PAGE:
A panel of economists and business strategists converged for a discussion on the revolutionary changes that have evolved in business strategy over the past few years. Some reasoned that nothing had fundamentally changed, others that everything changed and still others that strategies must change.

Despite their different assessments, the attendees agreed on one thing: the pandemic was disruptive. How that disruption was handled, or how it could be handled in the future, is cause for debate.

Spurring Agility Across Industries

The panelists who determined that business strategies changed after 2020 pointed to the ability for some companies and organizations to withstand the impact of supply chain disruption. They argued that some organizations were better equipped to handle abrupt changes and to adapt.

Based on this reasoning, they believe that new business strategies are emerging. Those strategies lean heavily on agile techniques, flexibility, collaboration, and harnessing the power of technology. Though these strategies existed prior to 2020, they have emerged at the forefront of modern business.

Business Strategy Did Not Change At All

Though some of the changes may be permanent, several business analysts assert that business strategies themselves have and will remain unchanged.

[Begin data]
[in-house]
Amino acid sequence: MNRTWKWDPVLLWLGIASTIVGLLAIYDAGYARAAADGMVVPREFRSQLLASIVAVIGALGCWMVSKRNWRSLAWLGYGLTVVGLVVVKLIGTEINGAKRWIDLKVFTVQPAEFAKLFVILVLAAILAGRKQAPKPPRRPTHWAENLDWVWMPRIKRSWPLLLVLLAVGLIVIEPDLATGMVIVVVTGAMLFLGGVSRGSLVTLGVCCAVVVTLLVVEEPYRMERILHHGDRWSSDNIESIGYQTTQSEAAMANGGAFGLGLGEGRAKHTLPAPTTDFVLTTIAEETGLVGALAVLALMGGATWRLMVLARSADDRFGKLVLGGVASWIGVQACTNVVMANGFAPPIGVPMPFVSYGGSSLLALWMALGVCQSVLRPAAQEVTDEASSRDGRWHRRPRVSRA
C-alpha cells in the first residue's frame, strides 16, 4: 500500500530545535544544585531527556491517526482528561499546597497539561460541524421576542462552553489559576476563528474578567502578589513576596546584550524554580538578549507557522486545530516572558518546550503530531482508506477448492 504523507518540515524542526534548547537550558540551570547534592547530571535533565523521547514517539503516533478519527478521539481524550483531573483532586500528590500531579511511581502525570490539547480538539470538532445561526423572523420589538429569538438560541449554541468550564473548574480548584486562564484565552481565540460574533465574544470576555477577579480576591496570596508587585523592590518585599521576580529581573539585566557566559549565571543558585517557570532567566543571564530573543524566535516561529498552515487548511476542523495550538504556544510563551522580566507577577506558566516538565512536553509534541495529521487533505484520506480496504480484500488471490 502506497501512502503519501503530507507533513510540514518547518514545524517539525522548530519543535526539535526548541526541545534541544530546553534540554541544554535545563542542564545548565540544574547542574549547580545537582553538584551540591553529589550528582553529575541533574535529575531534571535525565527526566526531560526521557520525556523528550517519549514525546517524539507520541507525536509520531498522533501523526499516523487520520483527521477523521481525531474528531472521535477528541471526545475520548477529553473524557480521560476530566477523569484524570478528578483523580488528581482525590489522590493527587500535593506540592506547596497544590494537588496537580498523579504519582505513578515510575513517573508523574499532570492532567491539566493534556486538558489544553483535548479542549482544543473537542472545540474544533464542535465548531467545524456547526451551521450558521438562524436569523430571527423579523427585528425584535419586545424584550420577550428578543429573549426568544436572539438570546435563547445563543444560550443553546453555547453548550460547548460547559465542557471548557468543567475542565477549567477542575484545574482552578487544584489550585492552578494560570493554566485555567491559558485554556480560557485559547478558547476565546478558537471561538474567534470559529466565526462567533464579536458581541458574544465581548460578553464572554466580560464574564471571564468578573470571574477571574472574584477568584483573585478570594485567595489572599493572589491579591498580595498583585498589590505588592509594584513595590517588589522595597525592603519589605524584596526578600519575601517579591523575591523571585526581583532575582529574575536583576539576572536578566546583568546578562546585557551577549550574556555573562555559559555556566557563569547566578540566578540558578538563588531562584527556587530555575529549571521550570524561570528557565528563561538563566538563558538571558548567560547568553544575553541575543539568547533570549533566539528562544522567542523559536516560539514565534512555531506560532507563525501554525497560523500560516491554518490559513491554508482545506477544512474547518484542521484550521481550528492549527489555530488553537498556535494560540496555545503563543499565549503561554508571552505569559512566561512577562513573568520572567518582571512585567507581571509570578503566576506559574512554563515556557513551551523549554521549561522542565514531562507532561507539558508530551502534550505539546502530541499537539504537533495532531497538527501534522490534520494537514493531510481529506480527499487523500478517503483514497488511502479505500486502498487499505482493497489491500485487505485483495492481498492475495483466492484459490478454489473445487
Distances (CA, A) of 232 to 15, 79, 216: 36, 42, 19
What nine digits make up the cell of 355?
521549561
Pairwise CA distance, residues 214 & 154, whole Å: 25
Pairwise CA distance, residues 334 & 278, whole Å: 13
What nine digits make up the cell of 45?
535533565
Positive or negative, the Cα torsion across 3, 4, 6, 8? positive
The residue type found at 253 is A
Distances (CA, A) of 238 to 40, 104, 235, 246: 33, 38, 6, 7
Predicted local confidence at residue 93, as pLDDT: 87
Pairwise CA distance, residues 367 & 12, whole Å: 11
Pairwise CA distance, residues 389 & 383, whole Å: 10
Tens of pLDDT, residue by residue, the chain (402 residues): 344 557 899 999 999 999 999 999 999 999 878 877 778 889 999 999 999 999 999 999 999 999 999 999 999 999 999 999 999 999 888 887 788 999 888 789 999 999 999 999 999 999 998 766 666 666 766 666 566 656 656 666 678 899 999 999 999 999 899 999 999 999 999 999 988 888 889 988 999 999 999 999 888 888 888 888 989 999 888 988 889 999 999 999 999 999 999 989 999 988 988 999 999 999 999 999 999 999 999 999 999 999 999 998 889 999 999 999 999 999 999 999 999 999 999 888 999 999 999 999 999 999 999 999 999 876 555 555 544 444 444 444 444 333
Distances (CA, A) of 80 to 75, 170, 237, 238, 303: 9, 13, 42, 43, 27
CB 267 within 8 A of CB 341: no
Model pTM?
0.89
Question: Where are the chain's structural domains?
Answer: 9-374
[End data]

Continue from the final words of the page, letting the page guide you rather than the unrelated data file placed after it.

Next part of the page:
In their view, businesses will continue to pursue the fundamental strategy of earning a profit from goods and services. In other words, the profit-driven model that guides all business strategies remains intact. Adaptability and contingency plans have always been essential to good business strategy and the pandemic did not change that fundamental fact.

One other vocal economist noted that the pandemic could have caused businesses to think about their social responsibilities toward employees, consumers, and the environment. In this sense, she also did not think the pandemic changed profit-driven strategies.

Features of the Environment

Another economist noted that changes in production methods and geographies are “features of the environment” and that businesses will adapt, albeit at a faster rate than would be typical in a non-crisis environment.

As one attendee noted, experimentation is still occurring within various industries. The results of those experimental strategies might prove to be the revolutionary changes needed to ensure a robust economy despite a crisis.